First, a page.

Measure to change parole process for ‘30-year lifers’ advances

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People serving 30-years-to-life sentences in New Mexico state prisons for murder and certain other crimes could soon find an easier path to freedom after three decades behind bars.

On a 51-16 vote Sunday, the state House of Representatives passed a bill that would mandate a shift in state law: from inmates having to show why they should be released after 30 years to requiring the Parole Board to demonstrate convincingly why they should remain locked up.

House Bill 564, sponsored by Democratic representatives Antonio “Moe” Maestas and Gail Chasey, Republican Sen. Sander Rue and Democratic Sen. Richard Martinez, closely mirrors a proposal that died in committee in 2017 after then-Gov. Susana Martinez signaled she would veto it.

The measure tracks an issue New Mexico In Depth and the Santa Fe Reporter uncovered in an investigation published in March 2017. Among the findings: Power at the Parole Board had concentrated with Sandra Dietz, the Martinez-appointed board chair who was philosophically opposed to paroling people who had received sentences of 30-to-life; and just six times out of 89 did the board release someone on parole between 2010 and early 2017—among the lowest rates in the nation.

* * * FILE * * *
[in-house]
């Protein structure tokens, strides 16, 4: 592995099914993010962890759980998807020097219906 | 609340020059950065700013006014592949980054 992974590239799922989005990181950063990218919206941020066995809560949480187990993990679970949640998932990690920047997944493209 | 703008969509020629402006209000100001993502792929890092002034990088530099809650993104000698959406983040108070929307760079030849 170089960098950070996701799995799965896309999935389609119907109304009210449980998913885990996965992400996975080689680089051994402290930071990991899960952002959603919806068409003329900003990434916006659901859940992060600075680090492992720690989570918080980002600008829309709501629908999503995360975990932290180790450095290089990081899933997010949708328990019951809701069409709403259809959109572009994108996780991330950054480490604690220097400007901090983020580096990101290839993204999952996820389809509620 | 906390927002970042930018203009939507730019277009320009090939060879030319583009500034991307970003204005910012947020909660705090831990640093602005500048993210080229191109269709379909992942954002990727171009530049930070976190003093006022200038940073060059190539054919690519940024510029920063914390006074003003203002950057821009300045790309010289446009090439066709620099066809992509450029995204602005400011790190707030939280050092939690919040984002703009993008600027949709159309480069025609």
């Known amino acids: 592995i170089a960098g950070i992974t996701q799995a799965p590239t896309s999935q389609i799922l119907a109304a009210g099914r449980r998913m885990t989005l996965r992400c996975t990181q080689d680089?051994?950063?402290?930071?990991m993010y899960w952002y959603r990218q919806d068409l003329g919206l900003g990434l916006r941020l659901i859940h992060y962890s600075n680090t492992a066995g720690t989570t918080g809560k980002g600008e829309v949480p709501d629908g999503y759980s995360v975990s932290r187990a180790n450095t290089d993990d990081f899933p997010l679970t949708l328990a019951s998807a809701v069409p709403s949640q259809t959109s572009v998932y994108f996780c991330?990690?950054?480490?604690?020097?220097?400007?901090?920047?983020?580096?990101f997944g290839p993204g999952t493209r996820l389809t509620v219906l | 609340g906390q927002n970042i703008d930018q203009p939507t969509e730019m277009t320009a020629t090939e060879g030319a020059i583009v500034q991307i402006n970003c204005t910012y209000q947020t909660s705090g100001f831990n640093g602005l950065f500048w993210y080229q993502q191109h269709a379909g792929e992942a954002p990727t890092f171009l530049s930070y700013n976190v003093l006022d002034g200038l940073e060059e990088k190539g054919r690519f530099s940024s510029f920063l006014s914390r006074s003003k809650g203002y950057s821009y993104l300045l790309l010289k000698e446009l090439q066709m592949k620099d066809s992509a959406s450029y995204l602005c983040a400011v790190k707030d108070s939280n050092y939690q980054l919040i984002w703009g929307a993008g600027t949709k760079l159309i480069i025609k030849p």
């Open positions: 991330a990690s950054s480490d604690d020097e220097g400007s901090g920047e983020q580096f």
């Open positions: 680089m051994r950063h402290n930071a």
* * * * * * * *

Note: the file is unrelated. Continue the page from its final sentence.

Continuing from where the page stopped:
The bill would change current state law by ordering that any inmate sentenced to life imprisonment “shall be paroled” after 30 years unless the Parole Board “makes a finding that the inmate is unable or unwilling to fulfill the obligations of a law-abiding citizen.” It then lists several factors the board can consider. Existing law says an inmate sentenced to life imprisonment “becomes eligible for a parole hearing” after serving 30 years. The board must check several boxes before deciding what to do, including an interview of the inmate and consideration of “the circumstances of the offense.”

If passed and signed into law by Gov. Michelle Lujan Grisham, the measure would still allow the board to consider the original crime, but it “shall not deny to an inmate who was sentenced to life imprisonment based solely on the offense for which the inmate was convicted.”

The bill also would require people released on parole — those who have served time in prison — and probation — those who are sentenced to supervision without incarceration — be screened with a scientific risk assessment tool. And it spells out the purpose of parole: “To enforce victim restitution, hold persons accountable for their criminal conduct, promote a person’s reintegration into law-abiding society and reduce the risk that the person will commit new offenses.”

HB 564 has not been scheduled for a committee hearing in the Senate.